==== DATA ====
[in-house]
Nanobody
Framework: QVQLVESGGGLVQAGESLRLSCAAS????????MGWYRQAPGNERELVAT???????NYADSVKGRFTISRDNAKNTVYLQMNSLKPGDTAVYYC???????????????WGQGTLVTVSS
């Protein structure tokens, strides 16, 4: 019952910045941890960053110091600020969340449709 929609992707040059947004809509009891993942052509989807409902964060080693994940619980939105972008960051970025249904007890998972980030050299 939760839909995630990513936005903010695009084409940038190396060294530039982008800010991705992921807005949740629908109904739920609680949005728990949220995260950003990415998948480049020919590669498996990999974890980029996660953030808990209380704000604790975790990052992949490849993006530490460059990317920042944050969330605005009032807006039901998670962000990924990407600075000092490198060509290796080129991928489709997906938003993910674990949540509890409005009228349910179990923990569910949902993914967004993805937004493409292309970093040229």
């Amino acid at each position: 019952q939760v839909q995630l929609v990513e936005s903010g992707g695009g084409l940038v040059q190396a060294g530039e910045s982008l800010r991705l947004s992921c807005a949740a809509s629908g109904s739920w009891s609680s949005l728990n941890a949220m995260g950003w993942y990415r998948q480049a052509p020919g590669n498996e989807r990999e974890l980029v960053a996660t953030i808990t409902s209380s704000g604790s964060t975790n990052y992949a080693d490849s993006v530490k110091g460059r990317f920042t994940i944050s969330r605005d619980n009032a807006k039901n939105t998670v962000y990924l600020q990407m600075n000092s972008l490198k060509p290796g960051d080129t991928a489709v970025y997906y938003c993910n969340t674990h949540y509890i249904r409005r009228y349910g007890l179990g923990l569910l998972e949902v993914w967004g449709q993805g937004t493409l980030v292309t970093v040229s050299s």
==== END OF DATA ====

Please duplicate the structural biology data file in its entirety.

[in-house]
Nanobody
Framework: QVQLVESGGGLVQAGESLRLSCAAS????????MGWYRQAPGNERELVAT???????NYADSVKGRFTISRDNAKNTVYLQMNSLKPGDTAVYYC???????????????WGQGTLVTVSS
């Protein structure tokens, strides 16, 4: 019952910045941890960053110091600020969340449709 929609992707040059947004809509009891993942052509989807409902964060080693994940619980939105972008960051970025249904007890998972980030050299 939760839909995630990513936005903010695009084409940038190396060294530039982008800010991705992921807005949740629908109904739920609680949005728990949220995260950003990415998948480049020919590669498996990999974890980029996660953030808990209380704000604790975790990052992949490849993006530490460059990317920042944050969330605005009032807006039901998670962000990924990407600075000092490198060509290796080129991928489709997906938003993910674990949540509890409005009228349910179990923990569910949902993914967004993805937004493409292309970093040229």
């Amino acid at each position: 019952q939760v839909q995630l929609v990513e936005s903010g992707g695009g084409l940038v040059q190396a060294g530039e910045s982008l800010r991705l947004s992921c807005a949740a809509s629908g109904s739920w009891s609680s949005l728990n941890a949220m995260g950003w993942y990415r998948q480049a052509p020919g590669n498996e989807r990999e974890l980029v960053a996660t953030i808990t409902s209380s704000g604790s964060t975790n990052y992949a080693d490849s993006v530490k110091g460059r990317f920042t994940i944050s969330r605005d619980n009032a807006k039901n939105t998670v962000y990924l600020q990407m600075n000092s972008l490198k060509p290796g960051d080129t991928a489709v970025y997906y938003c993910n969340t674990h949540y509890i249904r409005r009228y349910g007890l179990g923990l569910l998972e949902v993914w967004g449709q993805g937004t493409l980030v292309t970093v040229s050299s």